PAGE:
Friday, December 19, 2014


Perhaps the hook of interest to the just released 20th album from keyboardist-composer-producer Dan Siegel is that his cerebral compositions masterfully crafted on “Indigo” with co-producer Brian Bromberg do not need sensationalism in order to thrive. The veteran artisan has been making sophisticated piano-driven contemporary jazz records for 35 years thus earning his fine reputation without gimmicks or pandering to the fickle nature of the audience’s passing fancy. Instead he sets the bar high and focuses his muse on making thinking man’s music. The collection’s ten fully orchestrated and deftly arranged live acoustic jazz constructs offer nimble piano and keyboard emotives and evocative melodies amplified by lush horns that certainly live up to that description.

Emerging only when he has something meaningful to share, “Indigo” is Siegel’s first outing in five years. The new set is being swiftly welcomed at contemporary jazz radio hungry for high-quality music. It opens with the sweeping “To Be Continued” on which Siegel receives as adept assist from the impassioned sax play of Bob Sheppard. Mike Miller joins the fray on “By Chance” to add tasty jazz guitar licks to Siegel’s playful piano frolic. The title cut, a bit of a Wild West showdown, is punctuated by a gun slinging brass section and Allen Hinds’ unharnessed guitar shots placed adjacent to Siegel’s structured piano that seems to maintain some semblance of decorum. Contemplative by nature, “Beyond” explores an ambient expanse. Piano and sax swirl and swoon on the breezy “Far And Away.” Sheppard’s sax shadows Siegel’s poignant probings on “If Ever” before climaxing in an emotionally-wrought solo. Bromberg’s upright bass and drummer Will Kennedy (Yellowjackets) make the bluesy rhythm swing on “Spur Of The Moment” boosted by the horn section and another inspired Miller electric guitar improv. Gentle piano and sax radiate hope and promise amidst the pitter-patter brushed beats on “First Light.” The uplifting “Consider This” benefits from Siegel’s rousing and gregarious piano at the fore while “Endless” registers a resonant closing statement that lingers long after the final notes fade with dexterous bass and drum embellishments abound.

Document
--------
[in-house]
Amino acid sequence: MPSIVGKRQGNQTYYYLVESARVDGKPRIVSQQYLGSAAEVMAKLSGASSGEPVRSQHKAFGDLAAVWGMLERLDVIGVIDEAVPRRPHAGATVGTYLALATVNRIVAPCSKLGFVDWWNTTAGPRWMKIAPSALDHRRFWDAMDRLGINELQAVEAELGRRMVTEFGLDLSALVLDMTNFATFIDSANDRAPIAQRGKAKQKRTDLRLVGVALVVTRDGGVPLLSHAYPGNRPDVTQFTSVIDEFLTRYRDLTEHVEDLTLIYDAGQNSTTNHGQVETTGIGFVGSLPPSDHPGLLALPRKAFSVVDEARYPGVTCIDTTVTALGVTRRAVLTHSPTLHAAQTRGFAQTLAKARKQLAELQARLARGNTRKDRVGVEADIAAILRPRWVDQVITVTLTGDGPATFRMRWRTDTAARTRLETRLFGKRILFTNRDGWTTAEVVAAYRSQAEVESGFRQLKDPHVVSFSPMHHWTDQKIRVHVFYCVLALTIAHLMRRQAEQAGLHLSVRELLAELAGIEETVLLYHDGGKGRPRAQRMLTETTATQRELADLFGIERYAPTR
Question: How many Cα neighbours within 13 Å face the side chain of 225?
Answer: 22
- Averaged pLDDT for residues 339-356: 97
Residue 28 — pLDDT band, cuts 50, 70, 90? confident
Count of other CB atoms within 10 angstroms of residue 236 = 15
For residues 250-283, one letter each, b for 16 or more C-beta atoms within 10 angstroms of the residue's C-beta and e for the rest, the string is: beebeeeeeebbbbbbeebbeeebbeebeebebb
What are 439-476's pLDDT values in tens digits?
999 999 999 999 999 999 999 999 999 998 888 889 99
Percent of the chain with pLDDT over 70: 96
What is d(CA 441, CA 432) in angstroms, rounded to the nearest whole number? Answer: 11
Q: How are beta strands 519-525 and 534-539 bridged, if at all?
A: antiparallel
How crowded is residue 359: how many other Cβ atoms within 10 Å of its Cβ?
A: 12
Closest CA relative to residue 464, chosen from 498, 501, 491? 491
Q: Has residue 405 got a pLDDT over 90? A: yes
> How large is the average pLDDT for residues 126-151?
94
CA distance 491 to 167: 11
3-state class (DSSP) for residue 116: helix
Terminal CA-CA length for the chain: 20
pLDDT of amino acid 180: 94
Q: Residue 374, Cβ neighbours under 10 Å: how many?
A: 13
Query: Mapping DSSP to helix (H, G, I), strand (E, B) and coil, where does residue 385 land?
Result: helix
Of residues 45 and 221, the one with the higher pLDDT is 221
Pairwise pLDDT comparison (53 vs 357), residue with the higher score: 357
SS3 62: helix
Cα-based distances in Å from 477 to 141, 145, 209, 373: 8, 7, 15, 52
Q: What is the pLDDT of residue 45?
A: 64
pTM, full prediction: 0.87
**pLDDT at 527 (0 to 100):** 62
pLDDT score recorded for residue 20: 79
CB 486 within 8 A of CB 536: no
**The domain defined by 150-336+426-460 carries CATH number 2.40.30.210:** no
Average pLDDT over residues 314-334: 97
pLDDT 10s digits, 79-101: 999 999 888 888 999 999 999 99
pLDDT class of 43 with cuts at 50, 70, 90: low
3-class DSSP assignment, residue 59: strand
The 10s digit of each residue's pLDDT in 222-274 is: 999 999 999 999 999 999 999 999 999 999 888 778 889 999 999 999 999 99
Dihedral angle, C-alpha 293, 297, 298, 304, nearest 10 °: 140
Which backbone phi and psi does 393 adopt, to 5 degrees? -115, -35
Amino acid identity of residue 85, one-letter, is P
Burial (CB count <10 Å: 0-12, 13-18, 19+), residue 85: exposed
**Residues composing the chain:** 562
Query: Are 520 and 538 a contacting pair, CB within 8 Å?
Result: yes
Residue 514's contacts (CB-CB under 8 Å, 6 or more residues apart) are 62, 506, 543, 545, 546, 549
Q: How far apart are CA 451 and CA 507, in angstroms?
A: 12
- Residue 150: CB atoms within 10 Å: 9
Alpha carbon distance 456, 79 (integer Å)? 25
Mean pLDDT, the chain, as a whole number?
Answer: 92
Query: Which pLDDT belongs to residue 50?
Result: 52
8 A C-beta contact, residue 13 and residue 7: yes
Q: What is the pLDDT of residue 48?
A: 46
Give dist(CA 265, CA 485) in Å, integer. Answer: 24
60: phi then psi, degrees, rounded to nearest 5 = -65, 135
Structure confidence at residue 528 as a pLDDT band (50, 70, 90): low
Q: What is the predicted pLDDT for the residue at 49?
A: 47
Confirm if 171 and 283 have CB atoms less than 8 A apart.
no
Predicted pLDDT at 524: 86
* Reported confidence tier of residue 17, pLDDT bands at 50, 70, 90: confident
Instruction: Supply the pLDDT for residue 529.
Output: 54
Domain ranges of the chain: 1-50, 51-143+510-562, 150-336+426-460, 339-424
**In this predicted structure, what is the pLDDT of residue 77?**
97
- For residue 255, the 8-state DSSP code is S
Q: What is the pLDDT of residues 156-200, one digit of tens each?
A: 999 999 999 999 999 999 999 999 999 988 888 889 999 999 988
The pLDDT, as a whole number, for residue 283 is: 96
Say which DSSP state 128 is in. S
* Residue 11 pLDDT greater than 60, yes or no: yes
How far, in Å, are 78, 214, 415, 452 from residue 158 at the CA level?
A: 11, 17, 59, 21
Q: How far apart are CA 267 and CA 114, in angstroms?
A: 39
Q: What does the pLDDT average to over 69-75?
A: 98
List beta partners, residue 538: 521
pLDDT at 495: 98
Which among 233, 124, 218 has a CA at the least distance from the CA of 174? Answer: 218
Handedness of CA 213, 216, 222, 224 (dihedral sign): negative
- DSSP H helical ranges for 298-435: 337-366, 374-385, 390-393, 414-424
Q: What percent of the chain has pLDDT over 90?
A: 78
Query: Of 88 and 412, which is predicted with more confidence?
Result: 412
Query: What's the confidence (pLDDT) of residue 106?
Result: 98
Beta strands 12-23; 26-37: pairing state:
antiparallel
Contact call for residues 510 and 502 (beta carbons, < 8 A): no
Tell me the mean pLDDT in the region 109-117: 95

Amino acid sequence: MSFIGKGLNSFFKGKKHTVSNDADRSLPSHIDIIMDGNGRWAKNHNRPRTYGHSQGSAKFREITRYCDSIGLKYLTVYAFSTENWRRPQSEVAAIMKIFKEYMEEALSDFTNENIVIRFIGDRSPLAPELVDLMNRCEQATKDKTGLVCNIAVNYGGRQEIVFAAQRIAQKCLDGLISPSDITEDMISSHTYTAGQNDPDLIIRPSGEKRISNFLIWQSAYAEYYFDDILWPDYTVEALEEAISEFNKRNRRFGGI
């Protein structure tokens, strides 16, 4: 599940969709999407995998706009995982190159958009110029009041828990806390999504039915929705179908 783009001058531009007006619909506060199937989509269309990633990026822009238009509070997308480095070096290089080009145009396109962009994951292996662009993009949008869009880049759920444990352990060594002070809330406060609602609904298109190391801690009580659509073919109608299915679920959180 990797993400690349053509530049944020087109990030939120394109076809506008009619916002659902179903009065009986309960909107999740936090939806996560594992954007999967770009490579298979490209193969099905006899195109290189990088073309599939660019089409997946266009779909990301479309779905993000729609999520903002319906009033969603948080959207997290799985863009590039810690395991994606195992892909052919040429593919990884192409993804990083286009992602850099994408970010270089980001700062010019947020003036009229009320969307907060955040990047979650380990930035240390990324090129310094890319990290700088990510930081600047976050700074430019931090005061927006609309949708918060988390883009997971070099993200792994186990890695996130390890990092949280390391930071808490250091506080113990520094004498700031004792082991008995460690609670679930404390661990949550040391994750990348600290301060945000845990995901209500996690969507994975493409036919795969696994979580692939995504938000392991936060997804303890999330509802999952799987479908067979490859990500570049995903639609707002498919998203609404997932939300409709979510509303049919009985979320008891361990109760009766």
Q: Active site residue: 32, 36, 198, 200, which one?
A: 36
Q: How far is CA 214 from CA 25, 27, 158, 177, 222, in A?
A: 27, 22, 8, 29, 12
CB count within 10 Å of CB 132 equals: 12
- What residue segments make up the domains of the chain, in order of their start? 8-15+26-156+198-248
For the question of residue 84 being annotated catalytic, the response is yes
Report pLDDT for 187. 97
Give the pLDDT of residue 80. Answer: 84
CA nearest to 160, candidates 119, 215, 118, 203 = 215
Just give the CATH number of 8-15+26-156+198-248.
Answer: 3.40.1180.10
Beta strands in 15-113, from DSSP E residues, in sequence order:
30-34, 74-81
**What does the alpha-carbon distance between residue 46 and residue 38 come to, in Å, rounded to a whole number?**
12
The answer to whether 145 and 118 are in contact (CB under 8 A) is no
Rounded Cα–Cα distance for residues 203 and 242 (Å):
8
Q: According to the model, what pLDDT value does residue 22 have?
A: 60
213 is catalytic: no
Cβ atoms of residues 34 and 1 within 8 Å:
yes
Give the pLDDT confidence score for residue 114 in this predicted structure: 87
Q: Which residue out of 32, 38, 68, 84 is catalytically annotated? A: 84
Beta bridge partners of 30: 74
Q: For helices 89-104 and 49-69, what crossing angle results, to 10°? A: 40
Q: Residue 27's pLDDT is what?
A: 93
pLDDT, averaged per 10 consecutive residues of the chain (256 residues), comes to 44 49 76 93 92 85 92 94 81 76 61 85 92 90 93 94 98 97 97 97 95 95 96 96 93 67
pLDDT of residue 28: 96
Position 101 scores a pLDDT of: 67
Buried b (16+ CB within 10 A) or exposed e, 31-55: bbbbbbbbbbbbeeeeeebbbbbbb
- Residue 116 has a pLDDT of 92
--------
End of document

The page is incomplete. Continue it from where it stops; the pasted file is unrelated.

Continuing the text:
Siegel, a Eugene, Oregon native, is planning a series of spring concert dates in the Pacific Northwest after having showcased the album at a performance last month before an enraptured Southern California audience.

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